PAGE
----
The sound of gunfire is constant from the two shooting ranges inside the store, pistols upstairs, larger weapons downstairs. LED lights illuminate paper targets that glide back and forth at the command of the shooter and a touch-screen computer.

On the second floor, rifles line the walls and handguns fill display cases. To the side is a door leading to the classroom, which can hold a few dozen students. The first floor is taken up mostly by display racks of ammunition.

Before the children arrived, Wayne Inzerello sat in front of the room with a roster and a collection of bullets, ranging in size from bigger-than-your-thumb to smaller-than-a-fingernail.

In walked Sergio Meilman with his 12-year-old son and 11-year-old daughter, carrying a gun case, a box of ammunition and two sets of ear protection like airport workers wear.

Inzerello checked the kids in and made sure their names were spelled right, then asked them to take a seat up front. He repeated the routine as the room filled, trying to put the nervous ones at ease.

More than half of the four girls and 13 boys had fired guns before.

I grew up in western North Carolina, where rifles especially were tools that signified you were a responsible person.  The implicit understanding growing up in the foothills of the Smoky Mountains was that you learned to care for the rifle, clean it, load and unload it, and all the "boring" safety stuff before you ever were allowed to actually fire one, and that's what the NRA stood for.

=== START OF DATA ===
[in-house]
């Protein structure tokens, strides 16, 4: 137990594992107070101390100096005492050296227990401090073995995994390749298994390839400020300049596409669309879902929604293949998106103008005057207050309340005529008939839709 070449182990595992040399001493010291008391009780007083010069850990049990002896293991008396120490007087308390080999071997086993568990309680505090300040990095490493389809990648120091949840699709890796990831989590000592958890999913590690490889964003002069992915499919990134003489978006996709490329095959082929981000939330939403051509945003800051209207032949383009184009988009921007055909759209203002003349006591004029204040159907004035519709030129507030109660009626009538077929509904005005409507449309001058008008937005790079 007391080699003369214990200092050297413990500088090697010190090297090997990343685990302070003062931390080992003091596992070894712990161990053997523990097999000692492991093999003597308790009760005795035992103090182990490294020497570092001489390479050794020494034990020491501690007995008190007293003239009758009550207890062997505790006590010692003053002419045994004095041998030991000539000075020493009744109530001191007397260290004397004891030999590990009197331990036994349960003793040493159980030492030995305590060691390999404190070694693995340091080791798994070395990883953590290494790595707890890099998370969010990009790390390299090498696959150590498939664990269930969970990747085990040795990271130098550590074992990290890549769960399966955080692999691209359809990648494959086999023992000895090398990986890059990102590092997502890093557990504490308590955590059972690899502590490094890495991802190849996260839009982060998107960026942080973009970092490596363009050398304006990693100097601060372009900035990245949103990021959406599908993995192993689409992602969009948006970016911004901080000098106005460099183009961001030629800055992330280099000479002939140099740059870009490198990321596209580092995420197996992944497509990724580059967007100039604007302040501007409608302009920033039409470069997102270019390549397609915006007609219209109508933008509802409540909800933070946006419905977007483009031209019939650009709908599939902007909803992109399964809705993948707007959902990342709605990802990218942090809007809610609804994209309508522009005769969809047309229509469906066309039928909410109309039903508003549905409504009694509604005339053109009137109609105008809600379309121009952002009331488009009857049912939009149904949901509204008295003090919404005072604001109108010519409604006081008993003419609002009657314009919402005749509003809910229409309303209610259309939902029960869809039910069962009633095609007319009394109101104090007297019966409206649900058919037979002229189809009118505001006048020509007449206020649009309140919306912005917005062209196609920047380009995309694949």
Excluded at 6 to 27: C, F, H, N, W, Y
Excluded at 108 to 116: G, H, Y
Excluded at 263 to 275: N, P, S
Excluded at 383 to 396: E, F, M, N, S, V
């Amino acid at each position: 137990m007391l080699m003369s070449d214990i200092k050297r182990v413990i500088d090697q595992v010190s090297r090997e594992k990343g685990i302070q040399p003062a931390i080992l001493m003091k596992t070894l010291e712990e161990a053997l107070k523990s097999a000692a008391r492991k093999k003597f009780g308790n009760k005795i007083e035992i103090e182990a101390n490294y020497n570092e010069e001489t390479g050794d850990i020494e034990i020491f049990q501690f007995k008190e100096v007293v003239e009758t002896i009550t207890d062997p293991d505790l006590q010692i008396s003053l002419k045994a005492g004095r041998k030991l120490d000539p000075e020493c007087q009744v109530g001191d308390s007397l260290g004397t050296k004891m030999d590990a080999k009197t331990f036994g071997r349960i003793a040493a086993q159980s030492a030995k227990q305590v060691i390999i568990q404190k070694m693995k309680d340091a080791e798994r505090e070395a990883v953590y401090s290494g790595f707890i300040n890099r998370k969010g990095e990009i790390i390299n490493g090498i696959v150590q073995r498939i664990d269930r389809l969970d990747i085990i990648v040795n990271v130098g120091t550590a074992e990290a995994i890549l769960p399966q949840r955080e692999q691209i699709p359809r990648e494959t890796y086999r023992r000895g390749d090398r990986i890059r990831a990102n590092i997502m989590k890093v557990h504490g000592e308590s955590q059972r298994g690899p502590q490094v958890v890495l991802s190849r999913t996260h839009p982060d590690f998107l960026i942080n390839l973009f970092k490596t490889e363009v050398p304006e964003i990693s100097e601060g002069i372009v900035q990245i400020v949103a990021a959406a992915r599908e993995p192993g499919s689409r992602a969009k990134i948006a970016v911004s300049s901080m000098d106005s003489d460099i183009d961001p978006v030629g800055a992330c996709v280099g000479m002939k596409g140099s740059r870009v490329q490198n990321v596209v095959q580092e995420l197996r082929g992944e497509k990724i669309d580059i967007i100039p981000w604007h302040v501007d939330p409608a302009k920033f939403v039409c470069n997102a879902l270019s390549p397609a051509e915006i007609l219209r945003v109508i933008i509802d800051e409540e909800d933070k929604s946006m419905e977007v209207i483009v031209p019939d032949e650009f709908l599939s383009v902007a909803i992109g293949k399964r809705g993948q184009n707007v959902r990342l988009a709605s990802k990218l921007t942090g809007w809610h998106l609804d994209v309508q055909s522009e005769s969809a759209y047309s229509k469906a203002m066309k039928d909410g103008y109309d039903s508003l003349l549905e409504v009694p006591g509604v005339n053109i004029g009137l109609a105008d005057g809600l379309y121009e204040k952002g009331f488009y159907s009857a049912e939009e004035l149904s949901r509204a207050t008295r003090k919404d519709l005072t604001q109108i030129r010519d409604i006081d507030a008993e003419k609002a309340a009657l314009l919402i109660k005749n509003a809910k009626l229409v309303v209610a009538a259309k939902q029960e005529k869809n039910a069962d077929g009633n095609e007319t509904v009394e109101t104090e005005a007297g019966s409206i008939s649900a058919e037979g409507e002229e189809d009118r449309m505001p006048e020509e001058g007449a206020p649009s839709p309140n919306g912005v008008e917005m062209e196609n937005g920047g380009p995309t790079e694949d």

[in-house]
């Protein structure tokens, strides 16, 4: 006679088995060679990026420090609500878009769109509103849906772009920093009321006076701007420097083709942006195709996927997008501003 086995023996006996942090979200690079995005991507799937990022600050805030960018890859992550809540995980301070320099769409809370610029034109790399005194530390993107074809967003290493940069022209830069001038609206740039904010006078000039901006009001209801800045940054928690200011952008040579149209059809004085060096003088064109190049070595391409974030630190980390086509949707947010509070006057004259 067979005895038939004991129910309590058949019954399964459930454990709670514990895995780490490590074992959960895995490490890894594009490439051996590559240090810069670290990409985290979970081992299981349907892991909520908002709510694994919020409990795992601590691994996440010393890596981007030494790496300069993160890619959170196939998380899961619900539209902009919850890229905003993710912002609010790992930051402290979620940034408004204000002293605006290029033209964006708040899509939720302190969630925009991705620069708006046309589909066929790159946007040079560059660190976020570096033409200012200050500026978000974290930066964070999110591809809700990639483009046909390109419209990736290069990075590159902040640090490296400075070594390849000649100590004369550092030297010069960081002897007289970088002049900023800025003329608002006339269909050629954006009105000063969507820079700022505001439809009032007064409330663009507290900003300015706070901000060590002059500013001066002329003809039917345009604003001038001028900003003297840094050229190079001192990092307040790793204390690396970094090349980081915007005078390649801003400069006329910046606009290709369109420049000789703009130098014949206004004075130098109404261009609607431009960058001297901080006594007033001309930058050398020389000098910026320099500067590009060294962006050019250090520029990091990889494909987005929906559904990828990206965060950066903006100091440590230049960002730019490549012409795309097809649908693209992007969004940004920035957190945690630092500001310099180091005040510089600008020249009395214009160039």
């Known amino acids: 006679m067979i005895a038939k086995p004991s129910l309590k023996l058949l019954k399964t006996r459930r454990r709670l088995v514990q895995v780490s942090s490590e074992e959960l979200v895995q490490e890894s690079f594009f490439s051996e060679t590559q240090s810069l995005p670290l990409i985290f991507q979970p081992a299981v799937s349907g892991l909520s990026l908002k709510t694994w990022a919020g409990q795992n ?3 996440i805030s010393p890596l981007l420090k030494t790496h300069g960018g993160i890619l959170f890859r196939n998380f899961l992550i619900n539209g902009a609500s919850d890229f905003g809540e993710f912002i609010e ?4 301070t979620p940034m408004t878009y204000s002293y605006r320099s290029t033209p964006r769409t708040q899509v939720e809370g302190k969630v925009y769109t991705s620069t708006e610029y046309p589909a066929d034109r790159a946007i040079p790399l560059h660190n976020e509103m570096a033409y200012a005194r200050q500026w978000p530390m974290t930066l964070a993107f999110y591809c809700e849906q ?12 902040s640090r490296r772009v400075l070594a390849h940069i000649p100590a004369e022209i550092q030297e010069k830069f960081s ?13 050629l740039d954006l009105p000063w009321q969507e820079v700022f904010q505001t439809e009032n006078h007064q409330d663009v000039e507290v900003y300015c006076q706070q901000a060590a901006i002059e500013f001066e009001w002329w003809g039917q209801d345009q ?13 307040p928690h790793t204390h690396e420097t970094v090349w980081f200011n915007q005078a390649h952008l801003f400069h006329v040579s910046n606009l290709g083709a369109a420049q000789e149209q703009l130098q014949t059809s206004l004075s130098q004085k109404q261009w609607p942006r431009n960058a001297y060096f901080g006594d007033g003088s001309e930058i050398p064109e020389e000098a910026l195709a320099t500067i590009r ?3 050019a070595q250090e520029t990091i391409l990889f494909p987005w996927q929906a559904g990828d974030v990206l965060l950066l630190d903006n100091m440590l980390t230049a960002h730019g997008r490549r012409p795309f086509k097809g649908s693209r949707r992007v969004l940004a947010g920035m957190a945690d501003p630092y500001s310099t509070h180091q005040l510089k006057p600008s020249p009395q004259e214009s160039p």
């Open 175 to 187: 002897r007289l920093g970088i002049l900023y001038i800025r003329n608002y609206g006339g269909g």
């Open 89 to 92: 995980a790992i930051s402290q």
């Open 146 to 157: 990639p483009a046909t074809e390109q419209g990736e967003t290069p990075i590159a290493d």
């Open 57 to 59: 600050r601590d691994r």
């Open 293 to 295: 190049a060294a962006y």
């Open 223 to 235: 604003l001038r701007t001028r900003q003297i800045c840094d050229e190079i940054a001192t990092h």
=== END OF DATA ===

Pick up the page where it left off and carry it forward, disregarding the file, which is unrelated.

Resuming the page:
Young learners   

Here's my question.  Imagine all the kids and the instructors in the above picture were black and/or Latino.  Would you still feel the same way about kids in suburban Chicago having firearms class?

I'm thinking the answer is no.

That's what's bothering me about the fetishization of firearms.

More Serious Problems In Syria

Via Juan Cole at Informed Comment, while the world has been paying attention to developments in Yemen with the Saudis settling in for a long airstrike campaign, developments in northwest Syria have taken a definite turn for the worse.

The provincial capital Idlib, a city of 165,000 in the old days and administrative center of the northwestern Idlib province, appears to have fallen completely to a Muslim fundamentalist coalition spearheaded by Ahrar al-Sham (Free Men of Syria) and the al-Qaeda affiliate, the Support Front (Jabhat al-Nusra). Most of the Idlib countryside has long been in rebel hands, and some of it was held by pro-Western, relatively secular-minded forces until last fall, when they were preyed upon and defeated by the Support Front, which is loyal to Ayman al-Zawahiri’s core al-Qaeda (responsible for the 9/11 attacks).